Shakespeare: Drink British.
I’m not sure I’m really a fan of the Scotch egg, although this one is exceptional.
Scotch egg. Spotted Dick. Welsh rarebit. Yes, this is the place. Low-ceiling, ancient beams, Old Crafty Hen is the pour. We’re giggling already. My pals and I are definitely in the mood for pub food, a night off from our usual serious food treks. A pause from the latest consuming venture by Michael White or some ambitious local with an Asian vision.
The Shakespeare is no cinch to find. I’d come to The William Hotel on East 39th Street, exactly where it was supposed to be. But where was the pub? I tried looking under the front stoop. At that moment two couples descended the stairs. “Shakespeare,” they said.
The bar has a small wood-enclosed private dining room with a window for service.
“Shakespeare. The pub,” I echoed. “Where is it?” They pointed. I saw a window but no way to get there. “Walk to the garage,” they said. Indeed. Where the next-door garage entrance starts there is a walkway that slopes down – if it were icier you could make a Sochi entrance. At the bottom: a door.
Borrow an ancestor for the evening in the small dining room at The Shakespeare.
To the right, a bar. To the left, a cubbyhole of a room with a low ceiling, the original 19th Century beams, a fireplace, an ancestor’s portrait, odds and ends of Portobello flea market finds. A few two-tops under the window with chairs and low, backless stools. Cruel authenticity. In the center, our bare wooden table. Neil is already in pub mode. Maybe I better order two Scotch eggs. Cackle. Cackle.
Chef Robert Aikens stops by to say a few words in favor of British cooking.
We’re giggling. What is a Lincolnshire Haslet? Got to have it. Recruited from Stephen Starr’s Dandelion to run both The Shakespeare, the downstairs pub with 75 seats, and the more ambitious Peacock with space for 80 in a series of rooms upstairs, Chef Robert Aikens is more serious than we imagined. Nothing is that simple here.
I got carried away and ordered almost every item from the “Toasts” listing.
The Scotch egg will be warm – cooked to order, the yolk soft and satiny, encased in a shell of ground pork belly, shoulder and blood pudding with a mix of spices. The accompanying dip combines three mustards and a splash of Guinness.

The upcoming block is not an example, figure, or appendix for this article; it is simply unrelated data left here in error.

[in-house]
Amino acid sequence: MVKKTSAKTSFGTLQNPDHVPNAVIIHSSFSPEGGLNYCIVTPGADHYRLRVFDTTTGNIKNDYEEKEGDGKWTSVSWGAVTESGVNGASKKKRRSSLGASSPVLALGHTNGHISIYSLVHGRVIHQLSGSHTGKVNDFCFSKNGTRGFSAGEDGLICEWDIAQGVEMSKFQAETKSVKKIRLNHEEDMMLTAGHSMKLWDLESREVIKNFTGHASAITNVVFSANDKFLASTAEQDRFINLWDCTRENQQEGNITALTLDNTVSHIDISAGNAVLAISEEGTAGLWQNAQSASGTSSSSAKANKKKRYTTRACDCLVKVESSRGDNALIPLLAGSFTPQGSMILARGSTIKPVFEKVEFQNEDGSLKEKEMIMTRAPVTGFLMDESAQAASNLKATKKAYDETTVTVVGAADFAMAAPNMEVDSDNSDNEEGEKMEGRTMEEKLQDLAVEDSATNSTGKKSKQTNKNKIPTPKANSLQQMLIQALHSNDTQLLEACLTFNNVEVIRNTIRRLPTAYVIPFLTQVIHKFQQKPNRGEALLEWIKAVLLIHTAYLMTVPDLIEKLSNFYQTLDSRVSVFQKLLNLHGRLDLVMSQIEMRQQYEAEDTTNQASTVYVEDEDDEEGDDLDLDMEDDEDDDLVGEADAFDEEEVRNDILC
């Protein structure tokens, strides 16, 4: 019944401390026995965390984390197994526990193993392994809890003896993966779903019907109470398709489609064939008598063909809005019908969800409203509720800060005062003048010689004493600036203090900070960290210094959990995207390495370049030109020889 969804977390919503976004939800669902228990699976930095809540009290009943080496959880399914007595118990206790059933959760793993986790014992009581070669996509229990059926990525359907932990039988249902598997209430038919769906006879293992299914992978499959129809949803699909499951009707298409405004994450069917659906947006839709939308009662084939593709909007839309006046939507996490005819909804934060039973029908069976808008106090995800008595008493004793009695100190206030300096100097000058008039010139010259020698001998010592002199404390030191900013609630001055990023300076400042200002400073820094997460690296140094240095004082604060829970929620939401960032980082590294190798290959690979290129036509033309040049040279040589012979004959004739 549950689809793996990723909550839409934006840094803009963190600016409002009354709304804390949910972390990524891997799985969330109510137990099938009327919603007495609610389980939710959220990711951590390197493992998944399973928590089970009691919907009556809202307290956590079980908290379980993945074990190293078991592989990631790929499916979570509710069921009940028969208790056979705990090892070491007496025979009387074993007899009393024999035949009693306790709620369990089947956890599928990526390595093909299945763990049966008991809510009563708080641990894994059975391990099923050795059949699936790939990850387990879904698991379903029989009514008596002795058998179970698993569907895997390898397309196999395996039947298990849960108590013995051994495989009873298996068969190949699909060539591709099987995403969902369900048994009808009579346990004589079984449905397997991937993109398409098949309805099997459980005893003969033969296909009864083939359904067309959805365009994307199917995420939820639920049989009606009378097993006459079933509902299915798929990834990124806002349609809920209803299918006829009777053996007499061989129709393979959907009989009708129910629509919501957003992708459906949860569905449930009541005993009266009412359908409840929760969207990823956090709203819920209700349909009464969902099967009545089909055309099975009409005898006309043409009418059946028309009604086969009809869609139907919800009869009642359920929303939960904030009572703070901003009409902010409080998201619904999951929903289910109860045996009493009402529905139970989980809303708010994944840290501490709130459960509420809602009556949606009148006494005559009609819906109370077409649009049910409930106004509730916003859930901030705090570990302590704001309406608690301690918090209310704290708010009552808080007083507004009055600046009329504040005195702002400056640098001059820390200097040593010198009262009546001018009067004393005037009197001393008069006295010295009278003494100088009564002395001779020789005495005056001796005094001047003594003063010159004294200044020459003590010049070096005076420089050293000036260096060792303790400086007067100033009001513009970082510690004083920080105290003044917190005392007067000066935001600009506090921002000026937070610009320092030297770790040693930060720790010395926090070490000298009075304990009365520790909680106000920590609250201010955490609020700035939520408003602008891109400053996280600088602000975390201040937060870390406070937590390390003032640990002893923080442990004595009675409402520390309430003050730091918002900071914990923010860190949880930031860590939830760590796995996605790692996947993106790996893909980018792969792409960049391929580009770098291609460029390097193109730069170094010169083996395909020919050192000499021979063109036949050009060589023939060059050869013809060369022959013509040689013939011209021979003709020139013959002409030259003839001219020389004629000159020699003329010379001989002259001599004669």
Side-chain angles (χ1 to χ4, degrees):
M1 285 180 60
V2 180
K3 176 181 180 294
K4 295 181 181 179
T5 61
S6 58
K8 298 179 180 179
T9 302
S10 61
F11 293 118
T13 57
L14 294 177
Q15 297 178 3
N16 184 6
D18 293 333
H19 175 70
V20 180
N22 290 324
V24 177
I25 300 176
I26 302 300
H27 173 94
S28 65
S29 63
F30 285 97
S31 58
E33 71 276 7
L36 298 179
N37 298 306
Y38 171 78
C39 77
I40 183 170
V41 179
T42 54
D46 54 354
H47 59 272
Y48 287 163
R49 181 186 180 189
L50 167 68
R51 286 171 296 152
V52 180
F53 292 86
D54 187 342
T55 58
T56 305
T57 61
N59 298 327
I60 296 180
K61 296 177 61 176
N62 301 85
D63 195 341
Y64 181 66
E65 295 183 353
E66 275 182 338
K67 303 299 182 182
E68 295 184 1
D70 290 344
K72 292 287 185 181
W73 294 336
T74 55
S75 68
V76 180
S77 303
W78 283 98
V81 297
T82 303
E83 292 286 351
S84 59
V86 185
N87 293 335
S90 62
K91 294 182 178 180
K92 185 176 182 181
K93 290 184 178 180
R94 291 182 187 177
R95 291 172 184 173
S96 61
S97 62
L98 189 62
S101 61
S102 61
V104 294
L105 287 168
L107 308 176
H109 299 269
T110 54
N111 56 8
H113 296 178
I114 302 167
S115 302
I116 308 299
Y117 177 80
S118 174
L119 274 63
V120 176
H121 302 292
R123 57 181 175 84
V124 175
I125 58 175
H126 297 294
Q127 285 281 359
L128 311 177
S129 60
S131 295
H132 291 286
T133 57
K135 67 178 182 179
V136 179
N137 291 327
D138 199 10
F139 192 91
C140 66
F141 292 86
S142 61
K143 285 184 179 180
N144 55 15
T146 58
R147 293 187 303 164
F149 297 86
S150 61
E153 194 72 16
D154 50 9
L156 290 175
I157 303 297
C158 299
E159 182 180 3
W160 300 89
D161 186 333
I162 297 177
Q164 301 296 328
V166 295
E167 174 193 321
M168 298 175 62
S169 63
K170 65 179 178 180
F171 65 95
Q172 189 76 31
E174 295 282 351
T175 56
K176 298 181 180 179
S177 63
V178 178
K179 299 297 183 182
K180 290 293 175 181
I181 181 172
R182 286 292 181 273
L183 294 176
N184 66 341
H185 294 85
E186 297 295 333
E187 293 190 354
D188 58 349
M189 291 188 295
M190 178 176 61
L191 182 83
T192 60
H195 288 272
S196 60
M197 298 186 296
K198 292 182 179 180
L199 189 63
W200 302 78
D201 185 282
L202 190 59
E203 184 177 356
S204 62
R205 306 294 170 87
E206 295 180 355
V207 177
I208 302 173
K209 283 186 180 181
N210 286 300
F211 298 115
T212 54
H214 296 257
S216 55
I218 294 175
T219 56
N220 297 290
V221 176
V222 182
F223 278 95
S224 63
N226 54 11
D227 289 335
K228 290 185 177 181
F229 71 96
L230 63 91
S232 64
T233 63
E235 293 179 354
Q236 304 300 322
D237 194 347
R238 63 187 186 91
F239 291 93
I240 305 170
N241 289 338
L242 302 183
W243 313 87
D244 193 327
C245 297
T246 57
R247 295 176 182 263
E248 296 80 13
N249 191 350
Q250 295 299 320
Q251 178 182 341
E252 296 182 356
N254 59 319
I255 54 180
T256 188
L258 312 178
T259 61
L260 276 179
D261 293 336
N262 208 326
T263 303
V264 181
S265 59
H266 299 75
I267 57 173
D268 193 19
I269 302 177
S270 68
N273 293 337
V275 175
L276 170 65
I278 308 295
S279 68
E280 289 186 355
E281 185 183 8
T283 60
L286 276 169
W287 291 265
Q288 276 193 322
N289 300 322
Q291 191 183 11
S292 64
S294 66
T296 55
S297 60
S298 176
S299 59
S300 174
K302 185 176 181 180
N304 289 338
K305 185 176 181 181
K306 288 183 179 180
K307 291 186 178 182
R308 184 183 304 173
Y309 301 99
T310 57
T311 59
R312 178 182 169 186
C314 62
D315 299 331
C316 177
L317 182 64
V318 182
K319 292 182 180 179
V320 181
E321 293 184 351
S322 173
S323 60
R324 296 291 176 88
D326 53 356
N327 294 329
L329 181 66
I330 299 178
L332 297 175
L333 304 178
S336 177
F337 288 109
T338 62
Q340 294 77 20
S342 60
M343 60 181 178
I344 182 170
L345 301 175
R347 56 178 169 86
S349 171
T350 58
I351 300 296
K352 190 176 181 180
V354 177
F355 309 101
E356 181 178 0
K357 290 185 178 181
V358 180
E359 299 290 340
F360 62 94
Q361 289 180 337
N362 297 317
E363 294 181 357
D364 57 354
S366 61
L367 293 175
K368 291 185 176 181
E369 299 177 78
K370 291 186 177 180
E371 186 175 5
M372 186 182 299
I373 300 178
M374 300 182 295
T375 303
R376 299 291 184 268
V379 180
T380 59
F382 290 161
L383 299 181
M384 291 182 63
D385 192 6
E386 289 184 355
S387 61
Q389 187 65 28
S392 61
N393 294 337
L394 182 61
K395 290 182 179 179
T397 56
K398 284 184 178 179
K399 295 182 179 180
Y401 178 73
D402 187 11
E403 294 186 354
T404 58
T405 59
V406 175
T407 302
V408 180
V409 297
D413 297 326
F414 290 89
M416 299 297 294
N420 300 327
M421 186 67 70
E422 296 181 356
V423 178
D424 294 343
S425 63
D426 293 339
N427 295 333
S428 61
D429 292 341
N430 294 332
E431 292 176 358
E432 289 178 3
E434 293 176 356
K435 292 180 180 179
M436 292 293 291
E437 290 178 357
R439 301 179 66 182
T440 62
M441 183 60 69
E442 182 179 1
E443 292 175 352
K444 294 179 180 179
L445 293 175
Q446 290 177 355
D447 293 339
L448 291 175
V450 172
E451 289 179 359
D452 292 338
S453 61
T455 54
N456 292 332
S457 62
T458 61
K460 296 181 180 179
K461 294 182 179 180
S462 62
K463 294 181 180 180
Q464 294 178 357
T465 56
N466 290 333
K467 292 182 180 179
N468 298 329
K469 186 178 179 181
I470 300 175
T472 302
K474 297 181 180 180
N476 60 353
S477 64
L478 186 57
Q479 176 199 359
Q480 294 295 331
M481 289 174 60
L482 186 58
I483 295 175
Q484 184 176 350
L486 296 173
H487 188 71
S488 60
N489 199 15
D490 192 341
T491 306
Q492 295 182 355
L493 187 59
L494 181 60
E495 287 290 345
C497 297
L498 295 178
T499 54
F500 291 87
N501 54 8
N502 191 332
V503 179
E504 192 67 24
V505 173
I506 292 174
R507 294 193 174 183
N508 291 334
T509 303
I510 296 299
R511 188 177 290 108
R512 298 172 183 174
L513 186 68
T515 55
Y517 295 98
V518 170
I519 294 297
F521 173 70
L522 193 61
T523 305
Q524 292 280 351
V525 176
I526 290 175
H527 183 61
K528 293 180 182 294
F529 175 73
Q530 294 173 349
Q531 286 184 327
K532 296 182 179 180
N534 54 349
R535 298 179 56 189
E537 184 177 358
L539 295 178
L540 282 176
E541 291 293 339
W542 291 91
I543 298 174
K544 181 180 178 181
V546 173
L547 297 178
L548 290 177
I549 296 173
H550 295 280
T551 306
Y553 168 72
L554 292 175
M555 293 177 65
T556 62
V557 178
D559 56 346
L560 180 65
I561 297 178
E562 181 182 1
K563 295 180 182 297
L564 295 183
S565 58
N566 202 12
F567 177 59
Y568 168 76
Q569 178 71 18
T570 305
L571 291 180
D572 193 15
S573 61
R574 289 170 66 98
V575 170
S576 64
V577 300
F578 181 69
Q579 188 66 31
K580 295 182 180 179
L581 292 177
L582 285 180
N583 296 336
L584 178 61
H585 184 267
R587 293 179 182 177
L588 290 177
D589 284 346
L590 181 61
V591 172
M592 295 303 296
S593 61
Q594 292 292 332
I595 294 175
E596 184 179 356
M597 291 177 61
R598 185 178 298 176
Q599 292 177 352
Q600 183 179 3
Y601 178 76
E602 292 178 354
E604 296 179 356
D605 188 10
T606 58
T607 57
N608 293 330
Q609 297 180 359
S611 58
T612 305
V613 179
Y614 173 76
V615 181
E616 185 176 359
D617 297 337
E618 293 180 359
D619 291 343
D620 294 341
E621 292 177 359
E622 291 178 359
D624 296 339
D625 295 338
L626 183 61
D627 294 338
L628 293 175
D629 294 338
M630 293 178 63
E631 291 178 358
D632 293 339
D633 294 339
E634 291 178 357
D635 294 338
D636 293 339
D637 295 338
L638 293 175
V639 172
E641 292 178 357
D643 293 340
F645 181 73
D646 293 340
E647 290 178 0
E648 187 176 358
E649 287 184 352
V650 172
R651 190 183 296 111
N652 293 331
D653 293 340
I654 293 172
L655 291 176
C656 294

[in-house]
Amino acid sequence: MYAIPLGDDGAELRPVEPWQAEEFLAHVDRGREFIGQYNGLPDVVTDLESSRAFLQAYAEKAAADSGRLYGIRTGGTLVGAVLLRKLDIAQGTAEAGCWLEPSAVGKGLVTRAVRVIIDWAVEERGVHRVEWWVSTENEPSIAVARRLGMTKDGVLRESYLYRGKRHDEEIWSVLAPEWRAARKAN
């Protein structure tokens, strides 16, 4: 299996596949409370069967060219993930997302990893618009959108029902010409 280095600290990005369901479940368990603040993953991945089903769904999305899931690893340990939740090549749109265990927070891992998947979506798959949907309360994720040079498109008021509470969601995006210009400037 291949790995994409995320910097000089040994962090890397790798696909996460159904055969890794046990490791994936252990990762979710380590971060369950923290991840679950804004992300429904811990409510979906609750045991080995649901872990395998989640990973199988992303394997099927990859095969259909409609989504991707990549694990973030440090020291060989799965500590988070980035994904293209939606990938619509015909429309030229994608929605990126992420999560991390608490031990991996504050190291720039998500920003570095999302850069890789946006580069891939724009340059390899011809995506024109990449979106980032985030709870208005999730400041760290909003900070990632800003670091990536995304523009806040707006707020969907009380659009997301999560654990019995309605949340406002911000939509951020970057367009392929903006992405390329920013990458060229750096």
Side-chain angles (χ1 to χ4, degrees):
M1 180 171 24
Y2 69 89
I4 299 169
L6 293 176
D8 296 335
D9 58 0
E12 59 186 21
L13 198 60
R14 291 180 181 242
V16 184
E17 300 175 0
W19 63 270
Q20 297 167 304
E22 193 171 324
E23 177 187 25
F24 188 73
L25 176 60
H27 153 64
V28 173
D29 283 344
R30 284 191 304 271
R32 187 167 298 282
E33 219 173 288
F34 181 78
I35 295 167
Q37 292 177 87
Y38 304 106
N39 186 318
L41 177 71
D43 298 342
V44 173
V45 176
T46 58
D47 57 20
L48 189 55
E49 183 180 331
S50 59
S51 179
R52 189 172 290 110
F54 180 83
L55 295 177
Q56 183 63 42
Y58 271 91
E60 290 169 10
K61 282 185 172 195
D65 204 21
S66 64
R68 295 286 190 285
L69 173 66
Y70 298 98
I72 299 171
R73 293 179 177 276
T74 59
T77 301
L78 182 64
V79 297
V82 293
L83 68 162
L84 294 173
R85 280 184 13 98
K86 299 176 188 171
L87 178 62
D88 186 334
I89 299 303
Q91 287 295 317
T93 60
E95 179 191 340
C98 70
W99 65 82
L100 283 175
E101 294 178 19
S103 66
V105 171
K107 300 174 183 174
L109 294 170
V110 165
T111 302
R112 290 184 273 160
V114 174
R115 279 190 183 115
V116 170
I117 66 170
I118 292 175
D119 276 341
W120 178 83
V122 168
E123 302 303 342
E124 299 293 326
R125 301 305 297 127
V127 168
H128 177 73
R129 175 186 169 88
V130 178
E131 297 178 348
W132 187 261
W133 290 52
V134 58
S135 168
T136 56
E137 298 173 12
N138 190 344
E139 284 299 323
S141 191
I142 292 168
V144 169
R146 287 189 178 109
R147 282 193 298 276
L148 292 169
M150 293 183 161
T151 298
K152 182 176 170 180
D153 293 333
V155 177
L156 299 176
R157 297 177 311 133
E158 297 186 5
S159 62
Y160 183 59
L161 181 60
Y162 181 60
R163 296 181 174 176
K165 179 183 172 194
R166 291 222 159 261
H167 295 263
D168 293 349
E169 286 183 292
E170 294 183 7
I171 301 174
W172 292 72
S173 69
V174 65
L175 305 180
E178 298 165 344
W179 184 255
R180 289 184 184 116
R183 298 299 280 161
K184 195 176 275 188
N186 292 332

Drinking foreign beers and ales brings out a charming “just us guys” in men.
That might explain the wait. Our guys are scoping out British brews and the women are sipping a Hendrick’s martini and wine by the glass. I wonder if it’s a gender thing: the booze vs. the brews. But then the English snacks start to arrive --“The Toasts” as the menu lists them. The scarred wooden table is quickly filled.
Aikens’ rich chicken and duck liver parfait is smooth, buttery, perfumed with Madeira, Port and brandy, served soft alongside his own grape chutney to mound on toasted brioche. I’m already impressed.
The foie gras and chicken liver parfait and this complex pork terrine are favorites.
The Lincolnshire Haslet is complex and marvelous too. Pork belly, shoulder and liver are layered with smoked bacon, the mold wrapped in pork fat. You cannot necessarily guess what’s in the flavorsome reduction – shallots, garlic, sage, whole eggs. “Brioche crumbs soaked in milk to soften the terrine,” he tells me later. It’s served on its own board with pear shallot chutney, celery root salad and seven-grain toast.
Now I know what a rarebit can be. This one comes melted on sourdough toast.
Indeed, there are half a dozen different breads. I love bread. I love bread too much. I’ve definitely lost control ordering toasts. Besides the brioche toast and the seven grain, there is toasted sourdough to daub with the whipped ricotta, doubly rich because it is steeped in olive oil with dried herbs and a pinch of balsamic.